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Tue Apr 26th 2022

Late-Round Rookies I'm Targeting

It's finally NFL Draft week! Next week, I'll have the final and most important data points for my rookie rankings - draft capital and landing spot. Next week, I'll post my final rookie rankings just before most dynasty rookie drafts in May.

Before I finalize my rankings, I wanted to post one last article about players I plan to target in the third, fourth, and fifth rounds of rookie drafts. Next week, my opinion may change depending on where these players are drafted and by which teams. These players are not likely to get drafted on day one or two of the NFL draft, so their dynasty value will not change too much by this time next week. So, for now, a week before the NFL draft, these are some of the players I'm hoping to draft in the later rounds of rookie drafts.

Third Round Targets

Alec Pierce

  • Pierce does not have the production profile for me to draft him in the second round of rookie drafts, but his athletic profile and his big-play ability make me want to draft him in the third round. In his best and final season at Cincinnati, he had just 52 catches for 884 yards, which is good but not great. That said, what he did well was make big plays and touchdowns. He scored eight times and averaged 17 yards per reception. His big-play ability and freakish athleticism will make him a player that NFL teams want to draft. In this class, Pierce had the highest vertical jump, sixth-best 3-cone drill, seventh-best broad jump, and ninth-best 40-yard dash. I usually like to bet on guys who have unique traits in the later rookie drafts. His size (6'3" and 211 lbs), speed, and jumping ability make me want to add him to my team early in the third round.

Pierre Strong

  • I was hopeful that Strong would go unnoticed by the dynasty community so that I could draft him in every one of my rookie drafts, but the hype on him has picked up the last few weeks, so I am not alone in thinking he's a great player to draft late in rookie drafts. Strong has one of the most productive careers of any running back in this class, running for more than 1000 yards in all but the COVID-shortened season. The only knock on him is that he compiled all his yards at South Dakota State. It's fair to point out that he played against inferior athletes, but his size (5'11" and 207 lbs) and durability (262 touches last season) make me believe he has one of the best chances of any of the running backs not named Breece Hall or Kenneth Walker to be an every-down back in the NFL. He'll get drafted to provide depth to a backfield, and his draft capital with not merit his touches, but I think he's the type of player that, given an opportunity after an injury to the lead running back, could become something great. At worst, he'll be a solid handcuff on dynasty rosters. At best, he could become an NFL starting running back that I can draft in the third round of rookie drafts.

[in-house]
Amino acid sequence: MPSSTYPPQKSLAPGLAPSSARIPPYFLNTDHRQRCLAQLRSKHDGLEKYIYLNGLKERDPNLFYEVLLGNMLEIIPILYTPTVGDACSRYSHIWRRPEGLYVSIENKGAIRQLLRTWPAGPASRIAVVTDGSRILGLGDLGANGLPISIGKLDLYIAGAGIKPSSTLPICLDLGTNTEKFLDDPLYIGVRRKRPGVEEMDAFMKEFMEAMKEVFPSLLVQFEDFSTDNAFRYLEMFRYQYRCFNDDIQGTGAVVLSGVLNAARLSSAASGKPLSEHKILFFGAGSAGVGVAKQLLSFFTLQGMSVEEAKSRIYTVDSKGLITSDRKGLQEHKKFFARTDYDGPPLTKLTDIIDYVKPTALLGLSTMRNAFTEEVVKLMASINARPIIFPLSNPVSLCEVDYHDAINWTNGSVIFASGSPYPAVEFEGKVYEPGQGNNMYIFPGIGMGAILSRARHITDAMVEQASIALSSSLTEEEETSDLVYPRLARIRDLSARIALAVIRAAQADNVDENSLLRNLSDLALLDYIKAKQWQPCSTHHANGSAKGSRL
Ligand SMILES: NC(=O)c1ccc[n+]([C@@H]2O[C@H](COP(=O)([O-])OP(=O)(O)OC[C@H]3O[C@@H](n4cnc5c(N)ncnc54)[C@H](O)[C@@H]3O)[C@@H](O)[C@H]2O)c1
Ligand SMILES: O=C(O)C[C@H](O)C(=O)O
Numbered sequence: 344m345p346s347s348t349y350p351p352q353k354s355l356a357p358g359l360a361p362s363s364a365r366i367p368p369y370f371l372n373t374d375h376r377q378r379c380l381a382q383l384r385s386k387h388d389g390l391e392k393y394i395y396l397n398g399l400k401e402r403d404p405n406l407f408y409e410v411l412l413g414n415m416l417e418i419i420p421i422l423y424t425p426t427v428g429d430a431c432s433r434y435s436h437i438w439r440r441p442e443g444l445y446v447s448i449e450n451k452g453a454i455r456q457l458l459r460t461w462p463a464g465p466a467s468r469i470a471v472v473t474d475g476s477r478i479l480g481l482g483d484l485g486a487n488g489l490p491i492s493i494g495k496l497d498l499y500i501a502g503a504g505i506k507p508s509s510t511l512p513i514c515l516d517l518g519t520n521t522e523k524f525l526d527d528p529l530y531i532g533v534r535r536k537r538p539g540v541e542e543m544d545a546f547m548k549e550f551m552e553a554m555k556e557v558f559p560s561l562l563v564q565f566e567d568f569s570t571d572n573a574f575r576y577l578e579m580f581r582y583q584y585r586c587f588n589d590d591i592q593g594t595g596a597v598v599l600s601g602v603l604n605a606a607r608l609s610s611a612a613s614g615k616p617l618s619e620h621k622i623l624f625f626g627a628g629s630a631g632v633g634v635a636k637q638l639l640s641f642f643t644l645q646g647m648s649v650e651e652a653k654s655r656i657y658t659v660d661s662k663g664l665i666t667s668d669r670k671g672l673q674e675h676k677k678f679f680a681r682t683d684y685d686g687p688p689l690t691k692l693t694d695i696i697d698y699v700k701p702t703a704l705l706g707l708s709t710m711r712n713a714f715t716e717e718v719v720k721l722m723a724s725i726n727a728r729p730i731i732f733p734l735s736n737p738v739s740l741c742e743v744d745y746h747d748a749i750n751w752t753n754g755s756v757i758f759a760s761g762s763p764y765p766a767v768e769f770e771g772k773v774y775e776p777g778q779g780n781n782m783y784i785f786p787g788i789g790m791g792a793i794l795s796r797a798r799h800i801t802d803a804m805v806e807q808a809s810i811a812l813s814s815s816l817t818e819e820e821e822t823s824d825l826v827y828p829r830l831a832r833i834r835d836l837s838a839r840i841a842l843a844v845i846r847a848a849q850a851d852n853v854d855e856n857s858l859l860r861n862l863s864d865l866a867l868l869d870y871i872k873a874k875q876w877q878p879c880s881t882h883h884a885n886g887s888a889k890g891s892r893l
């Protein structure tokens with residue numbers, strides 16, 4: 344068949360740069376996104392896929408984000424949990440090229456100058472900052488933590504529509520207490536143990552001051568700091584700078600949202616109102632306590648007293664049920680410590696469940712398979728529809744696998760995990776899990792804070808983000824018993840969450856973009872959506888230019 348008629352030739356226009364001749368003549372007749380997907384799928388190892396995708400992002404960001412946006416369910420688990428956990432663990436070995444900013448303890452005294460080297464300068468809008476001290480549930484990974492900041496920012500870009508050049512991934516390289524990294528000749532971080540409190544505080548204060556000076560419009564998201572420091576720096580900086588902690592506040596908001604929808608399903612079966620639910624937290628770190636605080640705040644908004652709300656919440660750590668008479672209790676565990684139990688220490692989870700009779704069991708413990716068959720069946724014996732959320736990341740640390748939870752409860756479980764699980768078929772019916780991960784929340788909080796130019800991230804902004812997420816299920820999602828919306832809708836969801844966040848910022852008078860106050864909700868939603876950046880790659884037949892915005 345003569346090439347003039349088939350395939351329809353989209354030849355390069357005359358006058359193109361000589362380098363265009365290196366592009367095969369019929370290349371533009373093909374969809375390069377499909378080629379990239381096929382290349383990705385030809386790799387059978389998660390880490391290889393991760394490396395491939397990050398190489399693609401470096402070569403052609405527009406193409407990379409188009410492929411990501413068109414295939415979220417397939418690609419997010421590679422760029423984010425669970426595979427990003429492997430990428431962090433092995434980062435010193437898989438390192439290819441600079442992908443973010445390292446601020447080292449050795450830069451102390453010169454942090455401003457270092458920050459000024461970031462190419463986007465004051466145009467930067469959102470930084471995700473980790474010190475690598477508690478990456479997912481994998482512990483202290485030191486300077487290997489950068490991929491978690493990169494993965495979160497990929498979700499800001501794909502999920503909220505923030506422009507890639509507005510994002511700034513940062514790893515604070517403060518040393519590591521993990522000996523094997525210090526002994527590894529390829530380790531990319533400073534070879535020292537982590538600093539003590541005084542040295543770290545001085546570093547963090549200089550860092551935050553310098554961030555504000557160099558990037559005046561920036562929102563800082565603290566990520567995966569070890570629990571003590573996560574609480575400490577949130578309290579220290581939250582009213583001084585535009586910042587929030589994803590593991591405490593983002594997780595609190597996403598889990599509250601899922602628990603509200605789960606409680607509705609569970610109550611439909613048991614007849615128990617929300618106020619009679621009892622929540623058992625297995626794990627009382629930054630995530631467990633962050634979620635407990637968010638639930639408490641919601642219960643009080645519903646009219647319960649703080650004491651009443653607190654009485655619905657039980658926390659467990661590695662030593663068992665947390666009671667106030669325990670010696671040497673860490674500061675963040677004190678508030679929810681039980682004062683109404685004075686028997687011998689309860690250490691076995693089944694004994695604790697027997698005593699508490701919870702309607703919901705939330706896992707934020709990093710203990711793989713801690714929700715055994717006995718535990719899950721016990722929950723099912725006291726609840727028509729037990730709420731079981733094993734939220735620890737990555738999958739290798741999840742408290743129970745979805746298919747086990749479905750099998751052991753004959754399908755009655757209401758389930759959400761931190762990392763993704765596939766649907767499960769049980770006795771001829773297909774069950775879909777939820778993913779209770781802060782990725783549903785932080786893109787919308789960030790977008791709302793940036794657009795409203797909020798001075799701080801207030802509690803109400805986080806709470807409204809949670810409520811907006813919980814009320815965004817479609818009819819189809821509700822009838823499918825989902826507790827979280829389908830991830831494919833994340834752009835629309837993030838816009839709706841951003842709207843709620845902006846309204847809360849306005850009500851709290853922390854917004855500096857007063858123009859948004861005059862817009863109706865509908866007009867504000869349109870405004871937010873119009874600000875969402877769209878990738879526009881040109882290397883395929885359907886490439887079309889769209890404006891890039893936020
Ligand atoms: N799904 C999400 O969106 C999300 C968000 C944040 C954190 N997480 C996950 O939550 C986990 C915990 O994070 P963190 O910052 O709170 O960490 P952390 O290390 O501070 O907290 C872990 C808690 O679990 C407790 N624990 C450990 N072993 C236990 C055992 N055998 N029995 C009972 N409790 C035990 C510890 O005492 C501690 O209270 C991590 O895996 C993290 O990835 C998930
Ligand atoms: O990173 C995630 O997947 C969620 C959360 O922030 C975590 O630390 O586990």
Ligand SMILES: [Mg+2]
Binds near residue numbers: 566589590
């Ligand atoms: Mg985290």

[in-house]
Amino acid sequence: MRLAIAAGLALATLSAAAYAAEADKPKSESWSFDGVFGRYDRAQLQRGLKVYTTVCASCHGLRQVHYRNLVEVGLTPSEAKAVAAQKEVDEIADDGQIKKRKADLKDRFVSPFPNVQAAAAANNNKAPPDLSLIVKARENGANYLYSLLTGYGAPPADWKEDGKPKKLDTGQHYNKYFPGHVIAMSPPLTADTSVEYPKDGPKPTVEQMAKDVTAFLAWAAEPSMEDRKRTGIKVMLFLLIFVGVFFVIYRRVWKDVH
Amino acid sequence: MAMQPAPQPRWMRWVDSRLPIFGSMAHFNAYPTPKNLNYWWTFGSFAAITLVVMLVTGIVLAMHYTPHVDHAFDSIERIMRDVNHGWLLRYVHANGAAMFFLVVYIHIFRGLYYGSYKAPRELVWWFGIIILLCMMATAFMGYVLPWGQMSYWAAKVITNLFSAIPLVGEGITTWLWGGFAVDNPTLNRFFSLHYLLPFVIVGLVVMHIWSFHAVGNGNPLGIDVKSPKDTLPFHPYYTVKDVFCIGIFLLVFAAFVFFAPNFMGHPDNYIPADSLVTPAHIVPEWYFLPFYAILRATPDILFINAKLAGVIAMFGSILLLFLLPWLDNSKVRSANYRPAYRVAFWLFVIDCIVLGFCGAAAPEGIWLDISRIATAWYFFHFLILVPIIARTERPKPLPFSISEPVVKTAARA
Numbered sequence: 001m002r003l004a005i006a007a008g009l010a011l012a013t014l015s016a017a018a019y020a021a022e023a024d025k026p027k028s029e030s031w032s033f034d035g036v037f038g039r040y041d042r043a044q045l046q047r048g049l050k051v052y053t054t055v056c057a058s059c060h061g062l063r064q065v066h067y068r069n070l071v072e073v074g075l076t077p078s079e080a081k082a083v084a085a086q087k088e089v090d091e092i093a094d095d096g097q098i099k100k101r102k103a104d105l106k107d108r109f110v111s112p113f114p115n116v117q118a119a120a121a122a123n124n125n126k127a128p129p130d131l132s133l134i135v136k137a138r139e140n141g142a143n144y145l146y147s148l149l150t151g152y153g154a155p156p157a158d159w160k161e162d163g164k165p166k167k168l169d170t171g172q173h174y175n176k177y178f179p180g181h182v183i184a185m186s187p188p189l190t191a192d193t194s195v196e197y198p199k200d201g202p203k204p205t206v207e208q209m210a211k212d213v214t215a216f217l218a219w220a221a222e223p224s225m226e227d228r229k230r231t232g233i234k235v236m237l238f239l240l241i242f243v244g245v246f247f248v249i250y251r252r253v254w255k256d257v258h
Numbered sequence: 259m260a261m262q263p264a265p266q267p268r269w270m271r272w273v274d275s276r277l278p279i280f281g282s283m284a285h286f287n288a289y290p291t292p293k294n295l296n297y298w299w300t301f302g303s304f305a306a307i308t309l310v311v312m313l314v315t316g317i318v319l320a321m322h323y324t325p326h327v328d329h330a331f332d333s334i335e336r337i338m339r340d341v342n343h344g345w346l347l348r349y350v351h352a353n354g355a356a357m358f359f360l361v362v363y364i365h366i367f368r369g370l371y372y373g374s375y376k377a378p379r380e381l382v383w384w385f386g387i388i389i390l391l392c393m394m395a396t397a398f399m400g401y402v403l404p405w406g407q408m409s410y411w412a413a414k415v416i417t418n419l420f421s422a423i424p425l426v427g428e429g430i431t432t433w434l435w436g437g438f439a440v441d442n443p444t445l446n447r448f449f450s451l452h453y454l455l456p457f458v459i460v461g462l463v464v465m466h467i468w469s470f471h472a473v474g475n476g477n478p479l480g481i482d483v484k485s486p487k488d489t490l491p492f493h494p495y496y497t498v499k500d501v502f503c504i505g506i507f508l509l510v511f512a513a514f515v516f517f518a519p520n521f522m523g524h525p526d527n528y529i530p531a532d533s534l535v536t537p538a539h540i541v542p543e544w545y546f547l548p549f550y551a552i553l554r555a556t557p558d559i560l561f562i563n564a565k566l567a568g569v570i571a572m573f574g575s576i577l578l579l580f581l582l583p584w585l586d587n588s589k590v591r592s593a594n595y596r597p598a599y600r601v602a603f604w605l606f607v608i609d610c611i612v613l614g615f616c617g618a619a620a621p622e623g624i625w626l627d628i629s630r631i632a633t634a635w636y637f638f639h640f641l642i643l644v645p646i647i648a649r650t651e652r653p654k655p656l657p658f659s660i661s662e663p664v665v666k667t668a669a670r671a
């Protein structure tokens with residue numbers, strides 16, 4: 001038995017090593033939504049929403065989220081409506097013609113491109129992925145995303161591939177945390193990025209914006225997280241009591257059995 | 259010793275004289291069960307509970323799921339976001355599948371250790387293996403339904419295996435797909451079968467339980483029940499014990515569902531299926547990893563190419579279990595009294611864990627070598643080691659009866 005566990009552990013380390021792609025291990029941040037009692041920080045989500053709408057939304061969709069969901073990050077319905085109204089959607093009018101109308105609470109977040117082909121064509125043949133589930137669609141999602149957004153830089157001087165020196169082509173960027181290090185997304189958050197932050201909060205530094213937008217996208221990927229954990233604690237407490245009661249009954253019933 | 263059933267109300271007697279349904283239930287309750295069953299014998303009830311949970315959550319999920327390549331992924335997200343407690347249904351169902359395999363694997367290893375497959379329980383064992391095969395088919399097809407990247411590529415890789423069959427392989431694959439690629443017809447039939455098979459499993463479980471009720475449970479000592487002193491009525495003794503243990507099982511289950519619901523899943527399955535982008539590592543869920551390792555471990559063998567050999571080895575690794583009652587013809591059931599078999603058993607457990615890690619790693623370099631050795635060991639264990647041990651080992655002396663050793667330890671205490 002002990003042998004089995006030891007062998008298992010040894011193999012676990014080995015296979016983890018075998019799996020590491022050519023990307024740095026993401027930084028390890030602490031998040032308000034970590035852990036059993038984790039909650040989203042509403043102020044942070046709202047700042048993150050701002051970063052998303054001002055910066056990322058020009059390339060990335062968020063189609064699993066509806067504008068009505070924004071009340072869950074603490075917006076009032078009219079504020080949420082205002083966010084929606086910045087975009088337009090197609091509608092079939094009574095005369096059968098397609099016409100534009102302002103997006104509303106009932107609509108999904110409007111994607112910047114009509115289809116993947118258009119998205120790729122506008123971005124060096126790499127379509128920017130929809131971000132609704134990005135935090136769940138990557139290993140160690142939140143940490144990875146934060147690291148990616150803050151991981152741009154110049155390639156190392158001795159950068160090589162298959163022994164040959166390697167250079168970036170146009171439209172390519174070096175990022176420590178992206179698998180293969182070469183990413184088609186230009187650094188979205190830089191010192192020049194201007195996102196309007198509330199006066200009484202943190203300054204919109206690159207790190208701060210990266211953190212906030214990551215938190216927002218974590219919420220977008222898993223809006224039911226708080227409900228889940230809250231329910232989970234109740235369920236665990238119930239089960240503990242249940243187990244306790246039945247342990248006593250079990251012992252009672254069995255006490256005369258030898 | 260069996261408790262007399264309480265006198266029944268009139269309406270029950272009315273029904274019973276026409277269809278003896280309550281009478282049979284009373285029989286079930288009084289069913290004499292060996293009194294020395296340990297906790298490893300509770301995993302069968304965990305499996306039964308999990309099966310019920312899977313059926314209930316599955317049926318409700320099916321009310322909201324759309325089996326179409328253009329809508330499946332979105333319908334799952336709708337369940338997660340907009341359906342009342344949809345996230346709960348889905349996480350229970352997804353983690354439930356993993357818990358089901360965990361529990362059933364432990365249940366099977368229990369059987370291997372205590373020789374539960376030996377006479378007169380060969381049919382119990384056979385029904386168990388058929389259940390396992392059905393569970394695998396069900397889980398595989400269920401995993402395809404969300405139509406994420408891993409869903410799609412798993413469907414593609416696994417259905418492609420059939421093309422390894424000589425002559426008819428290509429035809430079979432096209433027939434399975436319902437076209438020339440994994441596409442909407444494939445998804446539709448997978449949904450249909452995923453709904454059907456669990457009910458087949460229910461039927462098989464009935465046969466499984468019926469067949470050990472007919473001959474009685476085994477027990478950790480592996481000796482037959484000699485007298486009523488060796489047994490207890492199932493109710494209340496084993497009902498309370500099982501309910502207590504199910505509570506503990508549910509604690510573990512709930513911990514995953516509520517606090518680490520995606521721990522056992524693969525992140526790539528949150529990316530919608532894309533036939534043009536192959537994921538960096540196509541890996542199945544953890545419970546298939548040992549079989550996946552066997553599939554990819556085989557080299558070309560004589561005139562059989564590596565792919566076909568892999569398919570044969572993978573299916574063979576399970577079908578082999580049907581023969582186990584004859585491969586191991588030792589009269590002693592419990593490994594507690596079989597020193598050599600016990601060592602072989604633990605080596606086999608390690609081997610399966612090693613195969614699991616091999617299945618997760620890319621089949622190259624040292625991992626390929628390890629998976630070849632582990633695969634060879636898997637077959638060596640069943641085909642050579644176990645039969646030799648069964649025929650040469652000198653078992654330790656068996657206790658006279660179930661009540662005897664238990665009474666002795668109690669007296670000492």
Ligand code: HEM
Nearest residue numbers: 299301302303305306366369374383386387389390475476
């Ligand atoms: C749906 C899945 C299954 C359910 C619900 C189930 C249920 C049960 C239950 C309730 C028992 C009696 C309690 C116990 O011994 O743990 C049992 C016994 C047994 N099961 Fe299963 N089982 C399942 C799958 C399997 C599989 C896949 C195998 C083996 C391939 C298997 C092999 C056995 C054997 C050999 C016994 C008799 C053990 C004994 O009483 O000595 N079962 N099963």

Justyn Ross

  • Ross is a significant risk from a health standpoint, given his spinal injuries and surgeries. After what he did as a freshman at Clemson, he's also worth the risk. Ross was one of the top-ranked receivers in his recruiting class, and he burst onto the scene his first year and looked like the best player on the field in the Tiger's national championship win over Alabama that season. He's a player that could move way up my rankings if he's drafted on day two of the NFL draft, but I think NFL teams will likely draft him much later on day three when they, like dynasty managers, deem him worth the risk. He's definitely worth the risk for dynasty managers picking at the end of the third round, no matter his draft capital or landing spot.

Fourth Round Targets

Kevin Harris

  • Harris's film was one of my favorites to watch when I initially formed my rookie rankings in January. I looked compact and agile with excellent between-the-tackle skills. I was surprised when I compared what I saw on his highlight film to how his production dropped significantly between his impressive sophomore and below-average junior seasons. I called a friend who plays in many College To Canton leagues and watches way more college football than I do to ask what happened because I loved his sophomore film so much. He told me that coaching changes attributed to his lack of involvement and production the year after his fantastic season. Knowing this, I felt more comfortable trusting my eyes and kept Harris higher in my rankings than most analysts. Today, before the NFL draft, I have Harris ranked 16 spots higher than the pros at Dynasty League Football. Unlike Pierre Strong, Harris has not had much hype leading to rookie drafts, so I assume Harris will be one of my most rostered players this year.

Tyler Badie